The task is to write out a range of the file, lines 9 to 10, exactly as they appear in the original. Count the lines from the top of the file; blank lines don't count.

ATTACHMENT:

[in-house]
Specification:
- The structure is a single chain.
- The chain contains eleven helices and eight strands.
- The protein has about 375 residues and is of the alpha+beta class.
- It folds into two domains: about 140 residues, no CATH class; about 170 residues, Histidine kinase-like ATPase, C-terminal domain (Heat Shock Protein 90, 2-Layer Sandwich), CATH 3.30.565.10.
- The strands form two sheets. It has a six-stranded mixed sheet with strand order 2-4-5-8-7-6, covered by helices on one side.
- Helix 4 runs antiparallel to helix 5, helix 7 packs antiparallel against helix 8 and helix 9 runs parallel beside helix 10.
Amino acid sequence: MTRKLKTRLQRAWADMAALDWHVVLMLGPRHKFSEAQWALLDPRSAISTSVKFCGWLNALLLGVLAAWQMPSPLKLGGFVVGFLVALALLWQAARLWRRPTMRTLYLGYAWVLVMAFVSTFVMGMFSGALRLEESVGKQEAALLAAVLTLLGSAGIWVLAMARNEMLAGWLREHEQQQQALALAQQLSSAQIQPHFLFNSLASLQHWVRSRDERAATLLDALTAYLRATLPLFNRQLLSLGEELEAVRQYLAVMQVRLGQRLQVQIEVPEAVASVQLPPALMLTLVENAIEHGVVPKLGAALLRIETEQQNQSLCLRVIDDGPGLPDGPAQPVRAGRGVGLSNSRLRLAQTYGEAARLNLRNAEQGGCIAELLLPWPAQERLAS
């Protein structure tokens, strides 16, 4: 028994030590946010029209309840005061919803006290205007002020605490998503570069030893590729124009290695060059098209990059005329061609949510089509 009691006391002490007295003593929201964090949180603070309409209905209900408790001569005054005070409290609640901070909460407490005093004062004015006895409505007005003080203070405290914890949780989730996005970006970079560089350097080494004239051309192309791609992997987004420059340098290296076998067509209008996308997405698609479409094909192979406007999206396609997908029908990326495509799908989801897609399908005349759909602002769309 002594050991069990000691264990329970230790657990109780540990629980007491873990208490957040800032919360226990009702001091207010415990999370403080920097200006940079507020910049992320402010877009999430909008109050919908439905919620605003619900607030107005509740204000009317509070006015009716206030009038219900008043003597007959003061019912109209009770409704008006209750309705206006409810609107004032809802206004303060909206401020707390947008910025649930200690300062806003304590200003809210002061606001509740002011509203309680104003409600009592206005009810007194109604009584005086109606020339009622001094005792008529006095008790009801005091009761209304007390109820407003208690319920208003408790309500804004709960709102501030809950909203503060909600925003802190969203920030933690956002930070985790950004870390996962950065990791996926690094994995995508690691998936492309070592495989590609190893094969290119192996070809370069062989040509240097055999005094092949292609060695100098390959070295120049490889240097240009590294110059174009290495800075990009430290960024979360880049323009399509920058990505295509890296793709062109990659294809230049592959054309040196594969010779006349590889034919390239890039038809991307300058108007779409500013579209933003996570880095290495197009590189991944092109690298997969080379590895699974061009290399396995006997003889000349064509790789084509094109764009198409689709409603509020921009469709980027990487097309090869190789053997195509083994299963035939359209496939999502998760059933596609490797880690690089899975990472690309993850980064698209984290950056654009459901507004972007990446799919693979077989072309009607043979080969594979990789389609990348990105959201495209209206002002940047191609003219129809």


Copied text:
Amino acid sequence: MTRKLKTRLQRAWADMAALDWHVVLMLGPRHKFSEAQWALLDPRSAISTSVKFCGWLNALLLGVLAAWQMPSPLKLGGFVVGFLVALALLWQAARLWRRPTMRTLYLGYAWVLVMAFVSTFVMGMFSGALRLEESVGKQEAALLAAVLTLLGSAGIWVLAMARNEMLAGWLREHEQQQQALALAQQLSSAQIQPHFLFNSLASLQHWVRSRDERAATLLDALTAYLRATLPLFNRQLLSLGEELEAVRQYLAVMQVRLGQRLQVQIEVPEAVASVQLPPALMLTLVENAIEHGVVPKLGAALLRIETEQQNQSLCLRVIDDGPGLPDGPAQPVRAGRGVGLSNSRLRLAQTYGEAARLNLRNAEQGGCIAELLLPWPAQERLAS
């Protein structure tokens, strides 16, 4: 028994030590946010029209309840005061919803006290205007002020605490998503570069030893590729124009290695060059098209990059005329061609949510089509 009691006391002490007295003593929201964090949180603070309409209905209900408790001569005054005070409290609640901070909460407490005093004062004015006895409505007005003080203070405290914890949780989730996005970006970079560089350097080494004239051309192309791609992997987004420059340098290296076998067509209008996308997405698609479409094909192979406007999206396609997908029908990326495509799908989801897609399908005349759909602002769309 002594050991069990000691264990329970230790657990109780540990629980007491873990208490957040800032919360226990009702001091207010415990999370403080920097200006940079507020910049992320402010877009999430909008109050919908439905919620605003619900607030107005509740204000009317509070006015009716206030009038219900008043003597007959003061019912109209009770409704008006209750309705206006409810609107004032809802206004303060909206401020707390947008910025649930200690300062806003304590200003809210002061606001509740002011509203309680104003409600009592206005009810007194109604009584005086109606020339009622001094005792008529006095008790009801005091009761209304007390109820407003208690319920208003408790309500804004709960709102501030809950909203503060909600925003802190969203920030933690956002930070985790950004870390996962950065990791996926690094994995995508690691998936492309070592495989590609190893094969290119192996070809370069062989040509240097055999005094092949292609060695100098390959070295120049490889240097240009590294110059174009290495800075990009430290960024979360880049323009399509920058990505295509890296793709062109990659294809230049592959054309040196594969010779006349590889034919390239890039038809991307300058108007779409500013579209933003996570880095290495197009590189991944092109690298997969080379590895699974061009290399396995006997003889000349064509790789084509094109764009198409689709409603509020921009469709980027990487097309090869190789053997195509083994299963035939359209496939999502998760059933596609490797880690690089899975990472690309993850980064698209984290950056654009459901507004972007990446799919693979077989072309009607043979080969594979990789389609990348990105959201495209209206002002940047191609003219129809």